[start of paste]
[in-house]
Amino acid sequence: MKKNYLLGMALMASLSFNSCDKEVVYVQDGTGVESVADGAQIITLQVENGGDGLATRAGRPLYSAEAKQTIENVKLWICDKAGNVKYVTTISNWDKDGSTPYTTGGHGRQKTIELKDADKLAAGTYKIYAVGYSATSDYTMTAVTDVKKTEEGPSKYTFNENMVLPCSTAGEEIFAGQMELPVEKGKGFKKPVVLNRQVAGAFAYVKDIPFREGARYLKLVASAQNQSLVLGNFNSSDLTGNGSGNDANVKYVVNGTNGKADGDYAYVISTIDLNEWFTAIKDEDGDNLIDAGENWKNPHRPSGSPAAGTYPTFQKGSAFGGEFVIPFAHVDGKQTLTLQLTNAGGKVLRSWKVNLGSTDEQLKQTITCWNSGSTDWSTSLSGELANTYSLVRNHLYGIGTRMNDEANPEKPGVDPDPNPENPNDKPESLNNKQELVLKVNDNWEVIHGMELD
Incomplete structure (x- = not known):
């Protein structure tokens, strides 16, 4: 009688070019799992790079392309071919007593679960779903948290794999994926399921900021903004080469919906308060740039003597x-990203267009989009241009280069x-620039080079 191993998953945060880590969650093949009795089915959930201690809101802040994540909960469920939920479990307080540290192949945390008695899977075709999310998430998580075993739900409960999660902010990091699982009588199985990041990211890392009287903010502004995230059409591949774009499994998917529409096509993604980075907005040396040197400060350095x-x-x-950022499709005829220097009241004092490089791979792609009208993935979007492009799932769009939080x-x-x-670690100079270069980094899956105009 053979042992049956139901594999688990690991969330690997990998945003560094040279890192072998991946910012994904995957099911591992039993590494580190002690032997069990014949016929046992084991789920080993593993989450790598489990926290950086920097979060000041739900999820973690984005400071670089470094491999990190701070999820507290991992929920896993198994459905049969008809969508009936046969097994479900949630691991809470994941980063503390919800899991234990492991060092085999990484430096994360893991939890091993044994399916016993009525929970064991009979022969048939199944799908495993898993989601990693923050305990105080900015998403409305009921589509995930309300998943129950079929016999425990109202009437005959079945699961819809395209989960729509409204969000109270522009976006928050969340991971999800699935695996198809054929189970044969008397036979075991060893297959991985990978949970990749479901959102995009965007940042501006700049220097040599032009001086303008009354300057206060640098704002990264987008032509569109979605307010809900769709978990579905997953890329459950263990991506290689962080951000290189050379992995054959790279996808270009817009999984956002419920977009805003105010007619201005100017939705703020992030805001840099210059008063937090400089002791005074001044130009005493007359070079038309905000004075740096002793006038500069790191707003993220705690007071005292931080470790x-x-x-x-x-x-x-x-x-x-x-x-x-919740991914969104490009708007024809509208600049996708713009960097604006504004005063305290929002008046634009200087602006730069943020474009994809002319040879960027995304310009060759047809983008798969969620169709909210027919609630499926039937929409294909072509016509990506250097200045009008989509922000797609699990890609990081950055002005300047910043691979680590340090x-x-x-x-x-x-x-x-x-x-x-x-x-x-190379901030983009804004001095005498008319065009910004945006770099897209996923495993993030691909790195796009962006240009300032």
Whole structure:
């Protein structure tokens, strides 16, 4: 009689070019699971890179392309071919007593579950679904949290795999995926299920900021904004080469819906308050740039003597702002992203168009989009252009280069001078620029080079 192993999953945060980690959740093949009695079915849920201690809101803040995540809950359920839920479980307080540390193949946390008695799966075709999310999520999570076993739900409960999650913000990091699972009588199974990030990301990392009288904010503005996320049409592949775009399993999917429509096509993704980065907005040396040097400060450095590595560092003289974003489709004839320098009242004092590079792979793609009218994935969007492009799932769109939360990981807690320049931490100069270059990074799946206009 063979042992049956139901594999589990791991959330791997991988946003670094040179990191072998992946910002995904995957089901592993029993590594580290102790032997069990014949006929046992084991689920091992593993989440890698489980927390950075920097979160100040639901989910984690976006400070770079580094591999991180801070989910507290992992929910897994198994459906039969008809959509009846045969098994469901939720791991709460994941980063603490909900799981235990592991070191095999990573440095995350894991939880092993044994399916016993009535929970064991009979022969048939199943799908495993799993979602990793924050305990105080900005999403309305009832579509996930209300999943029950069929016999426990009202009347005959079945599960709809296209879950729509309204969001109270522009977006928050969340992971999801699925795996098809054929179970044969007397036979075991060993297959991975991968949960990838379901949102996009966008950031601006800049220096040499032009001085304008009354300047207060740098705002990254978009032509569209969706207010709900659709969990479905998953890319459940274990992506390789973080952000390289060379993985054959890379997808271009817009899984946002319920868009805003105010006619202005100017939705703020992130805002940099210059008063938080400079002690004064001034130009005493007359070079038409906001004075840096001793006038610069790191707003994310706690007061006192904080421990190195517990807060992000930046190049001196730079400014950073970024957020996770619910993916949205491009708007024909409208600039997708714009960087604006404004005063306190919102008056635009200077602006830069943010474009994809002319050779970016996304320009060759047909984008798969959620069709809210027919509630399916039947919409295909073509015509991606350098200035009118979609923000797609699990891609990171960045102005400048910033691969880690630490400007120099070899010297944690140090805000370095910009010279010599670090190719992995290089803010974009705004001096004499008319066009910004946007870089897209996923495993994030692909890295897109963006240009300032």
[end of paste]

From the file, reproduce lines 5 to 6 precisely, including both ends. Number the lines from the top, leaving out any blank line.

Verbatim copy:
Whole structure:
């Protein structure tokens, strides 16, 4: 009689070019699971890179392309071919007593579950679904949290795999995926299920900021904004080469819906308050740039003597702002992203168009989009252009280069001078620029080079 192993999953945060980690959740093949009695079915849920201690809101803040995540809950359920839920479980307080540390193949946390008695799966075709999310999520999570076993739900409960999650913000990091699972009588199974990030990301990392009288904010503005996320049409592949775009399993999917429509096509993704980065907005040396040097400060450095590595560092003289974003489709004839320098009242004092590079792979793609009218994935969007492009799932769109939360990981807690320049931490100069270059990074799946206009 063979042992049956139901594999589990791991959330791997991988946003670094040179990191072998992946910002995904995957089901592993029993590594580290102790032997069990014949006929046992084991689920091992593993989440890698489980927390950075920097979160100040639901989910984690976006400070770079580094591999991180801070989910507290992992929910897994198994459906039969008809959509009846045969098994469901939720791991709460994941980063603490909900799981235990592991070191095999990573440095995350894991939880092993044994399916016993009535929970064991009979022969048939199943799908495993799993979602990793924050305990105080900005999403309305009832579509996930209300999943029950069929016999426990009202009347005959079945599960709809296209879950729509309204969001109270522009977006928050969340992971999801699925795996098809054929179970044969007397036979075991060993297959991975991968949960990838379901949102996009966008950031601006800049220096040499032009001085304008009354300047207060740098705002990254978009032509569209969706207010709900659709969990479905998953890319459940274990992506390789973080952000390289060379993985054959890379997808271009817009899984946002319920868009805003105010006619202005100017939705703020992130805002940099210059008063938080400079002690004064001034130009005493007359070079038409906001004075840096001793006038610069790191707003994310706690007061006192904080421990190195517990807060992000930046190049001196730079400014950073970024957020996770619910993916949205491009708007024909409208600039997708714009960087604006404004005063306190919102008056635009200077602006830069943010474009994809002319050779970016996304320009060759047909984008798969959620069709809210027919509630399916039947919409295909073509015509991606350098200035009118979609923000797609699990891609990171960045102005400048910033691969880690630490400007120099070899010297944690140090805000370095910009010279010599670090190719992995290089803010974009705004001096004499008319066009910004946007870089897209996923495993994030692909890295897109963006240009300032």